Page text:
Never afraid to show the brutality of war, The Pacific really went into overdrive this time, with an episode that was equally horrific, gripping and downright affecting.
After last week’s classic heroic tale of Basilone, we have the reverse here, the descent into hell by Eugene Sledge, both physically and psychologically.
As the battle for Okinawa takes place, Joseph Mazello takes centre stage and carries the most demanding episode yet. It left me drained as a viewer, but also incredibly impressed at the scope of this show, and exactly where it is willing to go. For those of a delicate disposition, it was nowhere good.
Sledge is now a veteran of the campaign, and well established friends with Snafu. However, just as Snafu has lost his veneer of nonchalant roguishness, and succumbed more to the crazed aspect of his persona, so Sledge has seemingly burnt out the remnants of his humanity. It is as his father warned him way back in episode one. It is not the tearing of the flesh that is the concern, but the tearing of the soul.
And no more is this in evidence than of Sledge’s callous disregard for the new recruits’ stories, and his seeming bloodlust at facing the Japanese. He comments that he hopes they never surrender, in order to kill every last one. He pretty much has that chance too, as the Japanese soldiers refuse to surrender, a fact which has been a refrain of the series, and one that has baffled the Marines.
In a particularly harrowing engagement, the Japanese booby traps a civilian mother and her baby, who explode in gruesome fashion, triggering an ambush. If that wasn’t enough, the stunned Marines are then bombarded by their own side, in a mistaken case of friendly fire.
And as always, the elements play their lethal part in the proceedings. We have already seen tropical rain, and scorching heat on the show, but now came the turn of the mud. And it was everywhere. As the Marines fought inch by inch for control of the island, I felt it every sucking, sticky step of the way, and gained a genuine sense of their palpable misery.
If they weren’t wading through it, they were sleeping in it. If they weren’t fighting in it, they were covered in it on their downtime. It lent the whole affair a monochromatic vision of decay, well suited to the sombre atmosphere.
Soldiers going off the deep end were also present, as a new recruit was the one to crack under the pressure of constant battle, although, to be fair, he had been responsible for two of his own side’s deaths and the wounding of another.
In amongst all this madness, Sledge continued to go awry, leading to tension between him and Snafu, and a nihilistic view of proceedings. However, this was not just a tale of desperation but one of redemption.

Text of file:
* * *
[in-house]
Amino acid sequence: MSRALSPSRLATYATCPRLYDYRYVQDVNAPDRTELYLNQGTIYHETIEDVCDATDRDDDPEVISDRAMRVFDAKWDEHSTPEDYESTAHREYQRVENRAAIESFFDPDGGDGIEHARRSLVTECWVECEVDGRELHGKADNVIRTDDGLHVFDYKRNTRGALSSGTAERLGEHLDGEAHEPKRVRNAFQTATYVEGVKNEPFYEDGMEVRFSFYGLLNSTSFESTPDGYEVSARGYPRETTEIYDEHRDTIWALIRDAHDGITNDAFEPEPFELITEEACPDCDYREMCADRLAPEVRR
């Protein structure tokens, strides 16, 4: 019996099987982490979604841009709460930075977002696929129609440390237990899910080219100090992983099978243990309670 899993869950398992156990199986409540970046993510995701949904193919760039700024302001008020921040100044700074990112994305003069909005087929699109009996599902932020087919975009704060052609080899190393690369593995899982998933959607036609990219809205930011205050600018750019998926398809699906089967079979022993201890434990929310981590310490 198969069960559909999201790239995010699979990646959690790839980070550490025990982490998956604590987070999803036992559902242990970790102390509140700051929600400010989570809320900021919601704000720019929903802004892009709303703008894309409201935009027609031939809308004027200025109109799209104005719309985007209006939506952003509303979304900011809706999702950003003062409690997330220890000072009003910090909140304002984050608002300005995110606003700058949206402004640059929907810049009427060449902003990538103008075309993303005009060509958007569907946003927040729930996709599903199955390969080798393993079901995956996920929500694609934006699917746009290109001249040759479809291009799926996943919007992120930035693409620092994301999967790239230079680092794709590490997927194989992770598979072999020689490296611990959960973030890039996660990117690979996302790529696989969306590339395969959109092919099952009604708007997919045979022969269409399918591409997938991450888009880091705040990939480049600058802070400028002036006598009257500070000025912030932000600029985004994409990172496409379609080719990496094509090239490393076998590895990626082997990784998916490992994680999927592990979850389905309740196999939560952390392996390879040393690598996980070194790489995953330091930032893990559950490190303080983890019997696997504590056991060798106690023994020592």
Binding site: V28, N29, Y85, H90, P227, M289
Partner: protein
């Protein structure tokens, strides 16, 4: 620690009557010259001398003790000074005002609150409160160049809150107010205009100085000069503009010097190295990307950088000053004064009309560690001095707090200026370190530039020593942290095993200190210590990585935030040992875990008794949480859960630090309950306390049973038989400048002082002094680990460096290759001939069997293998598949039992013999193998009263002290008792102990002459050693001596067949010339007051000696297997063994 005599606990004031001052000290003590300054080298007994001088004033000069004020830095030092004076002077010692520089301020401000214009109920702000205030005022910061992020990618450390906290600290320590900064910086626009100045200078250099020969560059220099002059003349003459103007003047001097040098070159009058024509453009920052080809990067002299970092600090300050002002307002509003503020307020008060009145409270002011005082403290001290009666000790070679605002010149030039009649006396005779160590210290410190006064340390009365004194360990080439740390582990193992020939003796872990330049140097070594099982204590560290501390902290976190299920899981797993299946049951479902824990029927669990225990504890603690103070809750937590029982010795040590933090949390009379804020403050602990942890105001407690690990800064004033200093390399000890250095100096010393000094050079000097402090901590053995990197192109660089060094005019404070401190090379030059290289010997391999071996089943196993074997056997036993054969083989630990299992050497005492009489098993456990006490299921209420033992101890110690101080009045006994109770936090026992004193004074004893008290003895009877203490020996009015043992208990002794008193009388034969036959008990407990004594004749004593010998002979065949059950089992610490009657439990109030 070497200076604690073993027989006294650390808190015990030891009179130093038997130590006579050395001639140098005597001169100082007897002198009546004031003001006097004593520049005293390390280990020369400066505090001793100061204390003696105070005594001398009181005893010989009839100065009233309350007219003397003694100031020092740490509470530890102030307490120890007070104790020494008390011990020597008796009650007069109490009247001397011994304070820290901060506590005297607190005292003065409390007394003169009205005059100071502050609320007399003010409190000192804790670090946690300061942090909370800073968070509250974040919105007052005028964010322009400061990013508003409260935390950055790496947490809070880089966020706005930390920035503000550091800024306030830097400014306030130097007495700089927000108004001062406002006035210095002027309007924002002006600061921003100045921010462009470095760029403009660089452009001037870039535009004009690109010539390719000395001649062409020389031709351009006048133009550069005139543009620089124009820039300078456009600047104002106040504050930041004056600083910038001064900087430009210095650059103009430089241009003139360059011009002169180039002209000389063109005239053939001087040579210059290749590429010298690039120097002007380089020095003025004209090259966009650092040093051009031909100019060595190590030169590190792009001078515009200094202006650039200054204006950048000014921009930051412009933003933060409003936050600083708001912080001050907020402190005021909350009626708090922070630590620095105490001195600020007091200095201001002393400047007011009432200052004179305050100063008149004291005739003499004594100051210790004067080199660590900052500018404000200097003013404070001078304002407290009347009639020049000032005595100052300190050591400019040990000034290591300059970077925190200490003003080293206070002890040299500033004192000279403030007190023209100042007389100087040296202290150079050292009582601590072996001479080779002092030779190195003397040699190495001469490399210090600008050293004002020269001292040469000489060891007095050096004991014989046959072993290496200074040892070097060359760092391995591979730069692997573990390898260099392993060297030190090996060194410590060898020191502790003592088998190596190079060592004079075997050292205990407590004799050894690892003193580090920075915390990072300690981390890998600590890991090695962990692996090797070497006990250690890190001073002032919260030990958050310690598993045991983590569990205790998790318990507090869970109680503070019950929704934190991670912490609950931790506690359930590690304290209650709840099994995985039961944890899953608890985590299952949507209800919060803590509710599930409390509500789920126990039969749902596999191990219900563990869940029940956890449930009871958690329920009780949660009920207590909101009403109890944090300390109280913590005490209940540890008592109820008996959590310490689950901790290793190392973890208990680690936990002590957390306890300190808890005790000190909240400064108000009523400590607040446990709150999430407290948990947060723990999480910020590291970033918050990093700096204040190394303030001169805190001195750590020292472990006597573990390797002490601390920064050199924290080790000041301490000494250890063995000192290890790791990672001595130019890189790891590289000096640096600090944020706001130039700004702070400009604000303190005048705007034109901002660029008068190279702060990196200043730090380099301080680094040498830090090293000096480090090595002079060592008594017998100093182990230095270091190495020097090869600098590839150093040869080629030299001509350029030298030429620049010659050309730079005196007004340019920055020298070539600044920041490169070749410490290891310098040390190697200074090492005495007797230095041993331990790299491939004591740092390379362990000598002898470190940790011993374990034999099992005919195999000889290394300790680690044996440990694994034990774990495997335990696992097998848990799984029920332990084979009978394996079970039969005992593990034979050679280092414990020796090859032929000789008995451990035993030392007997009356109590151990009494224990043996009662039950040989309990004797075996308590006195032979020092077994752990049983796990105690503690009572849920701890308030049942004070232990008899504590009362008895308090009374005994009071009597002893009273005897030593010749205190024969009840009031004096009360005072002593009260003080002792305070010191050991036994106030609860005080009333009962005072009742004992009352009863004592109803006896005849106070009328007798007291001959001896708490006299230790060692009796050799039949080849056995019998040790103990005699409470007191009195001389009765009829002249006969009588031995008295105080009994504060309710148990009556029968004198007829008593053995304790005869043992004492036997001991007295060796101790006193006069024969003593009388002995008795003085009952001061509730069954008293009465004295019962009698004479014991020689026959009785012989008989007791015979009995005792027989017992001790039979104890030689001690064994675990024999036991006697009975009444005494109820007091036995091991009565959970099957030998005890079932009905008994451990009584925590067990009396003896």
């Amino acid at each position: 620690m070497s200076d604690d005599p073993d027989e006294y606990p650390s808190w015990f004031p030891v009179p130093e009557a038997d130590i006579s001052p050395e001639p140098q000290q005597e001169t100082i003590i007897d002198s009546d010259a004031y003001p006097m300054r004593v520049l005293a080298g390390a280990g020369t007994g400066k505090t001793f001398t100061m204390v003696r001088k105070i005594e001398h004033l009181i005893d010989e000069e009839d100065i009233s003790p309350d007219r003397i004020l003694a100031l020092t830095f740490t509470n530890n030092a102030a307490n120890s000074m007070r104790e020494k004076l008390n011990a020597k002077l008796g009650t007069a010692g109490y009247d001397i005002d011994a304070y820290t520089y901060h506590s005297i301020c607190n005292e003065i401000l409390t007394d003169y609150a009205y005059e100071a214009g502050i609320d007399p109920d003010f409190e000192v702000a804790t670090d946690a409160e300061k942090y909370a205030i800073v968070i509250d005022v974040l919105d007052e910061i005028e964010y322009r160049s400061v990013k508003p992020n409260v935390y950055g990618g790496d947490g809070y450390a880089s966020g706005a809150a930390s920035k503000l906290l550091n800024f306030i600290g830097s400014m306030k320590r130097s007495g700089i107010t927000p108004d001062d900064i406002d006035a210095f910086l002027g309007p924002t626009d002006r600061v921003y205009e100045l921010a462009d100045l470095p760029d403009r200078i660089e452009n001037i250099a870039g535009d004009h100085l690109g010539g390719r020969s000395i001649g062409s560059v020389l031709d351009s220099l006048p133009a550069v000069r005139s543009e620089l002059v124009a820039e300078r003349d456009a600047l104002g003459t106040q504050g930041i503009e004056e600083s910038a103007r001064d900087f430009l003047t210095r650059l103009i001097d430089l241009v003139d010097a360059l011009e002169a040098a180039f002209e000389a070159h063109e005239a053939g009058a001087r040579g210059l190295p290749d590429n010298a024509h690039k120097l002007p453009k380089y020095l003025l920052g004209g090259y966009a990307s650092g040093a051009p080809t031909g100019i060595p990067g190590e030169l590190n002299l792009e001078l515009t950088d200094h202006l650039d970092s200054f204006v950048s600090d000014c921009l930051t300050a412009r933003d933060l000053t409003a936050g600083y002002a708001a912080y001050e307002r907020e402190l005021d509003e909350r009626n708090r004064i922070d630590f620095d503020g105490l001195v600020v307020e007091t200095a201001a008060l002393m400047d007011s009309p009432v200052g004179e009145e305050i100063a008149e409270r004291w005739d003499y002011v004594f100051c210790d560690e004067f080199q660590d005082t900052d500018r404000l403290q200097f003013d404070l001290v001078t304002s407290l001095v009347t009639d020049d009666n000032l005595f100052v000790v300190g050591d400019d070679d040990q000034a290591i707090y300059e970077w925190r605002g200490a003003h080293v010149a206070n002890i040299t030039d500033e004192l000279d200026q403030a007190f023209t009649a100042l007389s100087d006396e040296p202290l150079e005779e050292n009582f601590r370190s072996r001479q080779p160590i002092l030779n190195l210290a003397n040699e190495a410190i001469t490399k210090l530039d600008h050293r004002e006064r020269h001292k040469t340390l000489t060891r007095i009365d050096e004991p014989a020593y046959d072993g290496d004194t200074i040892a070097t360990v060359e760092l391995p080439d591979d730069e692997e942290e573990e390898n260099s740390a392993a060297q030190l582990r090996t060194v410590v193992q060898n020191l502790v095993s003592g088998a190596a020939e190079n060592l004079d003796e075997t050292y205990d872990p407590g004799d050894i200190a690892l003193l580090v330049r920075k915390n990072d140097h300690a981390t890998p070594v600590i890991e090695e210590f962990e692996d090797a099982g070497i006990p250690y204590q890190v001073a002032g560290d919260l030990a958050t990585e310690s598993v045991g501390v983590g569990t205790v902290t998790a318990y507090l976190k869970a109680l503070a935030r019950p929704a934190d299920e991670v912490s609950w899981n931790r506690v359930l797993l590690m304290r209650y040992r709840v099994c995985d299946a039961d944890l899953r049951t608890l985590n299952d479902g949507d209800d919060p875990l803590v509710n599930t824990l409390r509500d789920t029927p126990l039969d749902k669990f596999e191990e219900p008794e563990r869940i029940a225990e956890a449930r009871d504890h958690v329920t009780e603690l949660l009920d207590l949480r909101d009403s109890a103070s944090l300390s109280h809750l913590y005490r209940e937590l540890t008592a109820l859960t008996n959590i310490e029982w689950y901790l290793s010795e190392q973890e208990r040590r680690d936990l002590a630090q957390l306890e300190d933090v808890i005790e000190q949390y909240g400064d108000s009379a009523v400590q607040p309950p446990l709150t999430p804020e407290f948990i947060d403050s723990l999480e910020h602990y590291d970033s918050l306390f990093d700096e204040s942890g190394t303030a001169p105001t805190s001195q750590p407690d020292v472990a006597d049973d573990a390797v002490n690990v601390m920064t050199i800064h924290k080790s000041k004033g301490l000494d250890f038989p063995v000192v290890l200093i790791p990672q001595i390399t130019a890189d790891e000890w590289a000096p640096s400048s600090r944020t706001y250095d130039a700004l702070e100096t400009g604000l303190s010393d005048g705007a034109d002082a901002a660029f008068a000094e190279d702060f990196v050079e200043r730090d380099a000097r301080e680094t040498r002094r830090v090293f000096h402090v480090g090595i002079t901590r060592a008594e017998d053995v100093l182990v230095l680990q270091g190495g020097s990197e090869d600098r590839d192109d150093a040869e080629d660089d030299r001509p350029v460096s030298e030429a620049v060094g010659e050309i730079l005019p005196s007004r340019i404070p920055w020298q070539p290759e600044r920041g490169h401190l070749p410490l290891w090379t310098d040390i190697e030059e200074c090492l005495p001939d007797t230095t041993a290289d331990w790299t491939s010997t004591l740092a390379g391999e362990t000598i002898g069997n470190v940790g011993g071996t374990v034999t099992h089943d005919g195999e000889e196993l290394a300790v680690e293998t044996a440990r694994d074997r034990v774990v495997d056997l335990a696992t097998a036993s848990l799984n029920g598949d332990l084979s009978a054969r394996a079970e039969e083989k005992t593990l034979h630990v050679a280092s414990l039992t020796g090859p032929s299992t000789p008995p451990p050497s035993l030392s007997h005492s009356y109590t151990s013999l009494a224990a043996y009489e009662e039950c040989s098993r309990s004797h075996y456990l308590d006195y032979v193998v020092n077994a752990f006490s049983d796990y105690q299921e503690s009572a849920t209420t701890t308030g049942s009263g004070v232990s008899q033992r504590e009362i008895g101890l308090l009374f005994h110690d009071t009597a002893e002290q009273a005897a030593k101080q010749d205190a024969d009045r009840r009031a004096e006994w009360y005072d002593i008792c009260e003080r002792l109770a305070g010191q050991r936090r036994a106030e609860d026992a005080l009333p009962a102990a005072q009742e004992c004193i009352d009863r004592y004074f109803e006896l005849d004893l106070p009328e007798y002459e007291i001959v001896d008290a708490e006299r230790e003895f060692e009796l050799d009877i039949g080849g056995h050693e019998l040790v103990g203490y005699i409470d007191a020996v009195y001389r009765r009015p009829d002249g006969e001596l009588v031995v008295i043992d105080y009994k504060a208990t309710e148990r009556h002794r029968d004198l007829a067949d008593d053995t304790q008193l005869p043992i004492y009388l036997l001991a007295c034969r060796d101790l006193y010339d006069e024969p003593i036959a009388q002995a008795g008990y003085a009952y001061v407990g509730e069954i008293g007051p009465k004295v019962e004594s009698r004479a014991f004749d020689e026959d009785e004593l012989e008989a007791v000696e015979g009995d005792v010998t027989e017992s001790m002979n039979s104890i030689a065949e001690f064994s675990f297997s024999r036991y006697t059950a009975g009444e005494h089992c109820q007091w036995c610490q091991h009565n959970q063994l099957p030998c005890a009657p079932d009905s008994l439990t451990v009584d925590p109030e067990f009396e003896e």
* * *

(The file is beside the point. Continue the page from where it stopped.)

While clearing out an abandoned village, Sledge and Snafu hear a baby crying, and upon investigation of a ruined house full of the dead (the implication being that they were responsible, whether directly or indirectly), discover one surviving child. Standing in stunned silent inaction at the scene, it is almost as if they cannot comprehend that there may be life that they are able to save, rather than take.
As an officer who bustles through and interrupts them states, though, “What’s the matter with you two?”, Sledge then investigates the rest of the house, leading to an encounter with a dying woman. Begging him to shoot her dead, Sledge initially goes to do so, but instead cradles the woman as she dies. It is a powerful scene, told with no words, but serves as his redemption and return to humanity. It is a powerful action, and one which brings home the themes which have run throughout this show.
Sledge steps outside the house a man reborn, as witnessed by his berating of a soldier for shooting an unarmed Japanese soldier moments later, an action which the Sledge of the early episode would have carried out without hesitation.
And redemption is the key but subtle theme for me in this episode. After the grim rain and mud throughout, it ends on blue skies and sunshine, but with an offhand comment by a fellow soldier probably the darkest thing witnessed in the whole nine episodes to date. He mentions a new bomb the Americans have dropped, which can “vaporize whole cities in seconds”.
As The Pacific has sought to show throughout, can the terrors of the campaign and the expected cost of an invasion of the home islands justify and therefore redeem the decision to drop the bomb? It is still a murky and indefinable issue, and one which this faithful re-enactment of the battles fought has only served to confuse further. But the combat is now finished for The Pacific, and the final episode is upon us, as characters seek to redefine themselves in a world where it is not kill or be killed.
Read our review of episode 8 here.
The Pacific is screening on Sky Movies Premiere and Sky Movies Premiere HD.